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World Court Digest

II. Substantive International Law - Second Partv
1.2. Boundaries
1.2.1.Land Boundaries

¤ Kasikili/Sedudu Island
Judgment of 13 December 1999

[pp. ] 21. ... As far as the region covered by the present case is concerned, this provision locates the dividing line between the spheres of influence of the contracting parties in the "main channel" of the River Chobe; however, neither this, nor any other provision of the Treaty, furnishes criteria enabling that "main channel" to be identified. It must also be noted that the English version refers to the "centre" of the main channel, while the German version uses the term "thalweg" of that channel (Thalweg des Hauptlaufes).

22. Throughout the proceedings, the Parties have expressed differing opinions regarding the method to be applied for the purpose of interpreting these expressions. Botswana contends that:

"[i]n a bifurcated stretch of river, such as the Chobe River in the vicinity of Kasikili/Sedudu Island, both channels will have their respective thalwege. However, the thalweg of the main channel will be at a lower elevation than the thalweg of the other channel. Only the thalweg of the main channel can be logically connected to the thalweg of the channel upstream of the point of bifurcation and downstream of the point of reunion."

Botswana maintains that, in order to establish the line of the boundary around Kasikili/Sedudu Island, it is sufficient to determine the thalweg of the Chobe; it is that which identifies the main channel of the river. For Botswana, the words "des Hauptlaufes" therefore add nothing to the text.

23. For Namibia, however, the task of the Court is first to identify the main channel of the Chobe around Kasikili/Sedudu Island, and then to determine where the centre of this channel lies:

"The 'main channel' must be found first; the 'centre' can necessarily only be found afterward. This point is equally pertinent to the German translation of the formula' ... im Thalweg des Hauptlaufes ...' In the same way as with the English text, the search must first be for the 'Hauptlauf' and for the 'Thalweg' only after the 'Hauptlauf' has been found. The 'Hauptlauf' cannot be identified by first seeking to find the 'Thalweg'."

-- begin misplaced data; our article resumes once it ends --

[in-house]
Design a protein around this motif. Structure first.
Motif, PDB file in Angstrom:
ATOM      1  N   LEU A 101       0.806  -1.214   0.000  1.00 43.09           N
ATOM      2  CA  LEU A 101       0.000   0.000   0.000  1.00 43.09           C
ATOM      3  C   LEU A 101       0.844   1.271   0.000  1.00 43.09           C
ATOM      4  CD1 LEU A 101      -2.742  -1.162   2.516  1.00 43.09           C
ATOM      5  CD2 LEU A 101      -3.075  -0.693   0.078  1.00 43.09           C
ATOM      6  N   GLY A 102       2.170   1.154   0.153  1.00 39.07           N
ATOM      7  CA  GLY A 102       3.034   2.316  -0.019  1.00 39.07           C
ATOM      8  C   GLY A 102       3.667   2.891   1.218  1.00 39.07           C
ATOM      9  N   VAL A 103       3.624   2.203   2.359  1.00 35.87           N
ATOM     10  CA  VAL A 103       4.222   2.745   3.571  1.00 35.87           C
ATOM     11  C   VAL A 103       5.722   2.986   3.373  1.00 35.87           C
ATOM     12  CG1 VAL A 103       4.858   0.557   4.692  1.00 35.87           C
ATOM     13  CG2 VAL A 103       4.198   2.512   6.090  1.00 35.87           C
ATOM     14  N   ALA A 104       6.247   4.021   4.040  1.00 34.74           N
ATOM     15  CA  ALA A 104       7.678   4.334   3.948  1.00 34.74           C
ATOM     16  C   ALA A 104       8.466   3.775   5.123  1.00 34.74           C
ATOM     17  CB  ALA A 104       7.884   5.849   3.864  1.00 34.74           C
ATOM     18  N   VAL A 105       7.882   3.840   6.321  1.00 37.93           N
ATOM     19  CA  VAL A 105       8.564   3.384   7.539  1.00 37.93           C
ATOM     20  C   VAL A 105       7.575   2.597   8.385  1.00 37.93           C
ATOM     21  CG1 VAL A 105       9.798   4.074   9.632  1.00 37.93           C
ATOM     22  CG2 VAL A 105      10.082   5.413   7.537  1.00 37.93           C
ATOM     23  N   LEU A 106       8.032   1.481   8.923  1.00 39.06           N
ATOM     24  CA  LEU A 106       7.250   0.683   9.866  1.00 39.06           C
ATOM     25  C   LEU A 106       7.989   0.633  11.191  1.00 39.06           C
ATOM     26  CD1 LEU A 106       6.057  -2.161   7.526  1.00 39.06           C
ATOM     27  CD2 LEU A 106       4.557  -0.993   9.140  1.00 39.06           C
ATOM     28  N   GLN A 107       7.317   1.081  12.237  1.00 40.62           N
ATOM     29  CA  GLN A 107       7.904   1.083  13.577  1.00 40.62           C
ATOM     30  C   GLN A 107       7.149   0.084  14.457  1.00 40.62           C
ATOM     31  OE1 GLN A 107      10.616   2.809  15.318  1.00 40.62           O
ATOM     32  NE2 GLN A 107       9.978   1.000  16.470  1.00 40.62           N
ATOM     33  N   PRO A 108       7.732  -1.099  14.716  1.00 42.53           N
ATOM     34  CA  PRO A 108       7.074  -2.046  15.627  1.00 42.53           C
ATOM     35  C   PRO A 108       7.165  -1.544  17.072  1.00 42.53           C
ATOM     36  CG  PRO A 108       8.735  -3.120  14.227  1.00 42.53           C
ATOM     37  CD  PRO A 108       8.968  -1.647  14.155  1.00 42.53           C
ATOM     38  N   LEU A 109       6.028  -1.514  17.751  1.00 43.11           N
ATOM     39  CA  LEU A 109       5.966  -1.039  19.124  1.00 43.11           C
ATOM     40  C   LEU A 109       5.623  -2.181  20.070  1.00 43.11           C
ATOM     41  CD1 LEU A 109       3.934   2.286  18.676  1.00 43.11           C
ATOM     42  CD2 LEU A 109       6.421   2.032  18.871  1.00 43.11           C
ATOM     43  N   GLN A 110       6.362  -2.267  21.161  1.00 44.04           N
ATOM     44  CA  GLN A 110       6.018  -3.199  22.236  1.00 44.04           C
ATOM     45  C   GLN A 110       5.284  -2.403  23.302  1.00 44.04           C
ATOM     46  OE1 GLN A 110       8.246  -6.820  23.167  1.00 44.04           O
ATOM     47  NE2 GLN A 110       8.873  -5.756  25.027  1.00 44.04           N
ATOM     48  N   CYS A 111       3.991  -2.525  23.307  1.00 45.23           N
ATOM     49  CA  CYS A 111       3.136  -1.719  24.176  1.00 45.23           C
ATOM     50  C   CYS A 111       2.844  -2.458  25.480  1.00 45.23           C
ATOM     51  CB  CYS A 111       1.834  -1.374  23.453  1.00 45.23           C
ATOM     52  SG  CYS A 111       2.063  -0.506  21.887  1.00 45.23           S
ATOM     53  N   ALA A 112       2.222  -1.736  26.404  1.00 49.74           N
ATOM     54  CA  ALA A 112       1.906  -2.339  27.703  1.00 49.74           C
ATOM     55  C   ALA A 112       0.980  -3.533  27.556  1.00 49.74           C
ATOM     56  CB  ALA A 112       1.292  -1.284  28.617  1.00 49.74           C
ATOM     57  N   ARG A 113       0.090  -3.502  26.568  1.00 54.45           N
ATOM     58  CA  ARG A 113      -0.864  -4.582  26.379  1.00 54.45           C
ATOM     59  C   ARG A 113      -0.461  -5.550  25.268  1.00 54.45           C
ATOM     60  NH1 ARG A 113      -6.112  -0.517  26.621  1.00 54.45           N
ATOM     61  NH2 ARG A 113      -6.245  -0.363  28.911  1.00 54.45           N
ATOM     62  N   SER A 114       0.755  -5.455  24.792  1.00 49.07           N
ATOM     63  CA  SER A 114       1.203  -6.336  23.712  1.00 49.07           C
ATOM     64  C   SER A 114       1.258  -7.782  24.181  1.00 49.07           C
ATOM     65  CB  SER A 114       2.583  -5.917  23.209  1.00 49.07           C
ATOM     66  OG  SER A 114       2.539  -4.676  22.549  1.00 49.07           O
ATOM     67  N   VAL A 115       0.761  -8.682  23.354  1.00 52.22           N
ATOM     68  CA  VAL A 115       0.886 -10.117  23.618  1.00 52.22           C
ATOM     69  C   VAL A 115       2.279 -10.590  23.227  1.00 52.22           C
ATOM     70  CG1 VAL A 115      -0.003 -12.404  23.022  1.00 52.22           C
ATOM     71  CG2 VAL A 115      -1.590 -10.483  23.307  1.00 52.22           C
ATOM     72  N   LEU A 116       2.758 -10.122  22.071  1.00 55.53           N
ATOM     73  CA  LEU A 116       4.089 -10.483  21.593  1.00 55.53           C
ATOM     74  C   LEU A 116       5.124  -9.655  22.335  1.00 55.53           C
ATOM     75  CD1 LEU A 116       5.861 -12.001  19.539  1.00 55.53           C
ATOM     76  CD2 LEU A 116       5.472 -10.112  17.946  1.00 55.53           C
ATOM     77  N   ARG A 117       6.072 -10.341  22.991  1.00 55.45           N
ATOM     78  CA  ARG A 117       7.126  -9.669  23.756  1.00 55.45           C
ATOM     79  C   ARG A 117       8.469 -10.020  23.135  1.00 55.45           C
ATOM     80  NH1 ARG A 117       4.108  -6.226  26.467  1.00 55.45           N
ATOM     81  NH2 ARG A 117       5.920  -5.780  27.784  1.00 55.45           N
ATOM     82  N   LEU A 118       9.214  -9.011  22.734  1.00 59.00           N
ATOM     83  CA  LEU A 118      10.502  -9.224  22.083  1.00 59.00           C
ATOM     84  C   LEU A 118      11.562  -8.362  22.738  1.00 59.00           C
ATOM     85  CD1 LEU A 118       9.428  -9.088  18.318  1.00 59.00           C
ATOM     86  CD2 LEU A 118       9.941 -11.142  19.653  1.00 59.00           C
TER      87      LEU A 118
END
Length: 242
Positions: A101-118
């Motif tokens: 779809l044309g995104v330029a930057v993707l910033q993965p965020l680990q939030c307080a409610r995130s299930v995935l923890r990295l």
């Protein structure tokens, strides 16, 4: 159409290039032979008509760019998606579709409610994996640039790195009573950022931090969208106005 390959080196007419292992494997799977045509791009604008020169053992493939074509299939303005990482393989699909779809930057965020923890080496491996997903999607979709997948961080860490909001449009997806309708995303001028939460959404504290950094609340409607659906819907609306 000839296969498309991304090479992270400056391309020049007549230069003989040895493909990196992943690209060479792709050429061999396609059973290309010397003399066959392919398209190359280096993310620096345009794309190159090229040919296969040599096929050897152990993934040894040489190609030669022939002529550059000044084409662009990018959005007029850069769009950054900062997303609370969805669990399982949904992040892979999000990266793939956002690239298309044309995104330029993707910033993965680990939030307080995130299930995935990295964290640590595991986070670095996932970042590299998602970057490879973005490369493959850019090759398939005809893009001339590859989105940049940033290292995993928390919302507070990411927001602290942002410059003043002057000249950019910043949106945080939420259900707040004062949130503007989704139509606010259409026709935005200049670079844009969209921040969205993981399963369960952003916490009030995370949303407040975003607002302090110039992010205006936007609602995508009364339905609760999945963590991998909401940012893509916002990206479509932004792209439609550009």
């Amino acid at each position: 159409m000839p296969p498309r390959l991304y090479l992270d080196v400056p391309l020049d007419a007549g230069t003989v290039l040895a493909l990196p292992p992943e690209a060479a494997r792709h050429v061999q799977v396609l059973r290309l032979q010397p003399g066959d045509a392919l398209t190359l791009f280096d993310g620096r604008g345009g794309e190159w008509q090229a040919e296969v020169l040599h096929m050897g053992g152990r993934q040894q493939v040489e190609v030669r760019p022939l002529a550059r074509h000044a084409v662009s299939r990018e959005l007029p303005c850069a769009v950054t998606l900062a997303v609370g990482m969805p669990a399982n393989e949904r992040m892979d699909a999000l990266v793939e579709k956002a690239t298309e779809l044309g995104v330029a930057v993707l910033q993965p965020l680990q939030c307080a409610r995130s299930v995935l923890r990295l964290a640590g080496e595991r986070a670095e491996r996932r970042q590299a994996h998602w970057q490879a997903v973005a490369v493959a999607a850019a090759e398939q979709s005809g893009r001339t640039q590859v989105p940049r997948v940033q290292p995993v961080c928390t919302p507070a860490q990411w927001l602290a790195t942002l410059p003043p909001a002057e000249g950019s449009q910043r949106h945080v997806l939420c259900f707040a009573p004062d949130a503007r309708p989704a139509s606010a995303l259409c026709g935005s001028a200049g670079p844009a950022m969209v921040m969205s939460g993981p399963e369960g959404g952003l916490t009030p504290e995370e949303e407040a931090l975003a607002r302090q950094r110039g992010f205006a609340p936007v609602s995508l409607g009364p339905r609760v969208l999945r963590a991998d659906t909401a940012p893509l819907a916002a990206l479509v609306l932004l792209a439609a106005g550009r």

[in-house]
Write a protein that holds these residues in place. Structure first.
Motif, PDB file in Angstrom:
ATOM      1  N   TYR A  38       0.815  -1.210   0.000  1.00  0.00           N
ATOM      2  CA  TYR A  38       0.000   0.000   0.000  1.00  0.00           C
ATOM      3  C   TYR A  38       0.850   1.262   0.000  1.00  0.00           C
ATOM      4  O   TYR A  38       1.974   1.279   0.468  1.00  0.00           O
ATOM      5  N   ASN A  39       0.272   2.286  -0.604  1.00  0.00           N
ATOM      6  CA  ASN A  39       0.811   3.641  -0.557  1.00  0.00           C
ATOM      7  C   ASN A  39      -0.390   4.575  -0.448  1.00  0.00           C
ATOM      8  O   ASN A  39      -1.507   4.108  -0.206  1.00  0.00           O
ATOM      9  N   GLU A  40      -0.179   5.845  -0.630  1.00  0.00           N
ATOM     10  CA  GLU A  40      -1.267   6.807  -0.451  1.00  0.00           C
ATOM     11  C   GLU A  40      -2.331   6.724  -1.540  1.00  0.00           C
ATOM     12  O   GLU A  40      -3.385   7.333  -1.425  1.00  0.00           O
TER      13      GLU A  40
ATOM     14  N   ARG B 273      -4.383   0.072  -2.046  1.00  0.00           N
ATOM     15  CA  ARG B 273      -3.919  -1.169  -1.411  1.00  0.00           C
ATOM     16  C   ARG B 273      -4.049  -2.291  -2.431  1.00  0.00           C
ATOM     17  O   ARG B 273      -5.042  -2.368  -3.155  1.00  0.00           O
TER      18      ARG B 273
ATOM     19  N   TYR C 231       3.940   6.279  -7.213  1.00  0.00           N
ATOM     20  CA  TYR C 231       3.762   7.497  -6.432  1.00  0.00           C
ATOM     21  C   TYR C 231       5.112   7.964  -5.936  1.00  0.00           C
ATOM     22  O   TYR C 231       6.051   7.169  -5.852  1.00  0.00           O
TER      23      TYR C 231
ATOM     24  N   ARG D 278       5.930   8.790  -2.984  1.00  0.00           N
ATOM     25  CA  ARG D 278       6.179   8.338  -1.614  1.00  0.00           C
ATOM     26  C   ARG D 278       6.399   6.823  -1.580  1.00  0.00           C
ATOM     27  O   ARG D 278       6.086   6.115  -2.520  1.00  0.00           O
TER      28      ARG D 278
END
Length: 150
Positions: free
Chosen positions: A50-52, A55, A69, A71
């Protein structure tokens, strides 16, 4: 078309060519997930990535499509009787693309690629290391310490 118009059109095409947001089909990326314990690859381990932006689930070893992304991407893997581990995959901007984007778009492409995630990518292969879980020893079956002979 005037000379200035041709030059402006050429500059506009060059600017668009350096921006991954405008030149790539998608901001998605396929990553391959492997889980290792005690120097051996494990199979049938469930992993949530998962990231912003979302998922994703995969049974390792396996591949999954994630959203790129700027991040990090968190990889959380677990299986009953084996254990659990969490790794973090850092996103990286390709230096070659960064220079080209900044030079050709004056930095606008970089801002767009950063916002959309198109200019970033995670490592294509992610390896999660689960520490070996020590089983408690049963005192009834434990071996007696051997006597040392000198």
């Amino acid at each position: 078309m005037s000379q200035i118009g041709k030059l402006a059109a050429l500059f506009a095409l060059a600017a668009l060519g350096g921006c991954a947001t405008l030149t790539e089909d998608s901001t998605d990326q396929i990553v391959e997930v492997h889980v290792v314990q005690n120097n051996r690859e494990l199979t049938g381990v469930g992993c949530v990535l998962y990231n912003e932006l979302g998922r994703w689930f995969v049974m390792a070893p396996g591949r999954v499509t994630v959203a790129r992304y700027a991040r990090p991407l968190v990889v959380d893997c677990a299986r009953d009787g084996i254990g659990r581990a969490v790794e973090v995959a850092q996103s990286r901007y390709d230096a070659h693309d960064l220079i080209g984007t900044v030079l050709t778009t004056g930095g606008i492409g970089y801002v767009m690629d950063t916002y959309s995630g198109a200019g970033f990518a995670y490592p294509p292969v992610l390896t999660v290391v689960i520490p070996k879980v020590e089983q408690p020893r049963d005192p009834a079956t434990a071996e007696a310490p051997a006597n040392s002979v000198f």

24. The Court notes that various definitions of the term "thalweg" are found in treaties delimiting boundaries and that the concepts of the thalweg of a watercourse and the centre of a watercourse are not equivalent. The word "thalweg" has variously been taken to mean "the most suitable channel for navigation" on the river, the line "determined by the line of deepest soundings", or "the median line of the main channel followed by boatmen travelling downstream". Treaties or conventions which define boundaries in watercourses nowadays usually refer to the thalweg as the boundary when the watercourse is navigable and to the median line between the two banks when it is not, although it cannot be said that practice has been fully consistent.

25. The Court further notes that at the time of the conclusion of the 1890 Treaty, it may be that the terms "centre of the [main] channel" and "Thalweg" des Hauptlaufes were used interchangeably. In this respect, it is of interest to note that, some three years before the conclusion of the 1890 Treaty, the Institut de droit international stated the following in Article 3, paragraph 2, of the "Draft concerning the international regulation of fluvial navigation", adopted at Heidelberg an 9 September 1887: "The boundary of States separated by a river is indicated by the thalweg, that is to say, the median line of the channel" (Annuaire de l'Institut de droit international, 1887-1888, p. 182), the term "channel" being understood to refer to the passage open to navigation in the bed of the river, as is clear from the title of the draft. Indeed, the parties to the 1890 Treaty themselves used the terms "centre of the channel" and "thalweg" as synonyms, one being understood as the translation of the other (see paragraph 46 below).